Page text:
Filipino Workplaces Should Open More Opportunities for PWD Youth

FWD Insurance outlines their desire to create equal opportunities for people with disabilities.
IMAGE Freepik - PeopleCreations

“Go forth and be human,” the video announces. The short clip from the District of Columbia’s office talks about how to stop being awkward around people with disabilities, a lighthearted skit with funny quips and cheery music.

It sounds easy to do in principle; it’s a maxim that people return to, in one form or another, whispering it under their breath to remind themselves to treat others how they’d like to be treated.

Creating spaces where people can go forth and be human, however, is a little trickier. Inclusivity in the workplace requires a lot of necessary groundwork that’s constantly being fueled by the desire to do better. Forward Together, FWD Insurance’s partnership with Humanity & Inclusion (formerly known as Handicap International), centers around the need for the private sector to practice what they preach, as it were, and make their workplaces more inclusive.

While inclusivity has often been framed around racial/ethnic diversity, sexual orientation, and socioeconomic status, Forward Together focuses on helping Filipino youth with disabilities secure sustainable employment. “Helping people with disabilities has always been an advocacy of ours, even before this partnership,” says Roche Vandenberghe, FWD Insurance’s Head of Marketing, adding that the company partnered with the Philippine Special Olympics before their Forward Together launch.

Humanity & Inclusion was an obvious choice for who to partner with next. The organization was the co-recipient of the 1997 Nobel Peace Prize, championing people with disabilities across the globe.

The World Health Organization estimates that as many as 15 of the world's population lives with some form of disability, of whom 2-4% experience significant difficulties in functioning. Of those who are employable, only a small percentage go on to land jobs. Young people, in particular, are overlooked when it comes to employment and entrepreneurship opportunities, Humanity & Inclusion regional head Bryan Marsalis said in a press release.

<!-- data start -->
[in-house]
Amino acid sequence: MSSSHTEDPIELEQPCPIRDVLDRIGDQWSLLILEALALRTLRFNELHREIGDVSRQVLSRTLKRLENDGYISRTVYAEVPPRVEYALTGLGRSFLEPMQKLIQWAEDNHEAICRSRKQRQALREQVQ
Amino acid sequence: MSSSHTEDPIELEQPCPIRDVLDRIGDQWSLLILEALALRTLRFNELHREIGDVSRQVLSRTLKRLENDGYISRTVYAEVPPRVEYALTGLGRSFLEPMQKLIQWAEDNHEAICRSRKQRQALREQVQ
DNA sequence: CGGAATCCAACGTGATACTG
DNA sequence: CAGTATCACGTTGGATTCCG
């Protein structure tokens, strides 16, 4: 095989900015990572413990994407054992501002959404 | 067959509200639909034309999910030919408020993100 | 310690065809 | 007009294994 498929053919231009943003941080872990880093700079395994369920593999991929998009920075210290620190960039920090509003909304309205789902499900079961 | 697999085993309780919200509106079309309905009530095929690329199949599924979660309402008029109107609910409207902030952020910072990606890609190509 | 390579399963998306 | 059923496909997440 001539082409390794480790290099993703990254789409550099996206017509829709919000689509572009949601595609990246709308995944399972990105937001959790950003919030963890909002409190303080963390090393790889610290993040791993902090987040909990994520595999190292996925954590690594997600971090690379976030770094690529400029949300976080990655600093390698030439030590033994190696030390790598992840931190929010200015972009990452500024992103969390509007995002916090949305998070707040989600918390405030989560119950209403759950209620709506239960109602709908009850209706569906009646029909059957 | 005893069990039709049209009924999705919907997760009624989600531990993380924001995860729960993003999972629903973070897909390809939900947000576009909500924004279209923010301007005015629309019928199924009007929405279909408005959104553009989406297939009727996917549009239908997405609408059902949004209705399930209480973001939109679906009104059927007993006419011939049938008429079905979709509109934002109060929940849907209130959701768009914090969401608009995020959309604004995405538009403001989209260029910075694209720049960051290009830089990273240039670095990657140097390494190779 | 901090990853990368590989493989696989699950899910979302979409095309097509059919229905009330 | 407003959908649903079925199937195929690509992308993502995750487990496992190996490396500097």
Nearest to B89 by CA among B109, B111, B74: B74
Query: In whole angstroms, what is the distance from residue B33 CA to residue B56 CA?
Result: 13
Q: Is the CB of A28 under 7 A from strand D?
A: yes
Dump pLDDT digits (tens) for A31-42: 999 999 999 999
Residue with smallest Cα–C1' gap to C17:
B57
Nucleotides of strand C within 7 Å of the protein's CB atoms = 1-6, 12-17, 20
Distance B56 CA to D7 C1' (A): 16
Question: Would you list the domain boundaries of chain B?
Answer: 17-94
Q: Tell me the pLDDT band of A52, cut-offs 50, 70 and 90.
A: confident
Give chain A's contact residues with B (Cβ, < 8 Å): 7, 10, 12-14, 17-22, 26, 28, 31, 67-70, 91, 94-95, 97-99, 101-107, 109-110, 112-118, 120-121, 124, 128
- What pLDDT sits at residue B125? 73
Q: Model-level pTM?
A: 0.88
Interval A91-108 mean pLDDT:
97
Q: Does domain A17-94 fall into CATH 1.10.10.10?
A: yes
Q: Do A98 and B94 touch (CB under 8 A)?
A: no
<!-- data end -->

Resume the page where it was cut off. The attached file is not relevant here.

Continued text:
How should companies move forward when it comes to hiring PWDs? “We look at the person’s abilities,” says Roche. “We need IT people for example, so if there’s someone with those skills, we try to integrate them...In fact, one of our senior executives is a person with disability”.

The picture she paints of of creating a PWD-inclusive workplace is comprehensive. There are several sessions of disability sensitivity training that the company holds, offering them frequently to be able to reach as many employees as possible. The sessions are capped at 20 people, to ensure intimacy and the freedom to ask questions.

She also says that the company will soon undergo a physical inspection to make sure that the actual office space is ready, which opens up a whole slew of considerations: are the doors wheelchair friendly? Are the signs also in Braille?

As FWD Insurance hopes to integrate youth with disabilities into their company, they also encourage other businesses to do the same. The initiative is slated to launch in FWD offices in Indonesia after having been implemented here in the Philippines, where they will be working alongside the local Humanity & Inclusion team.

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Gaby Flores
Gaby Flores is a contributing writer for Esquire. She likes postcolonial literature and spicy food.
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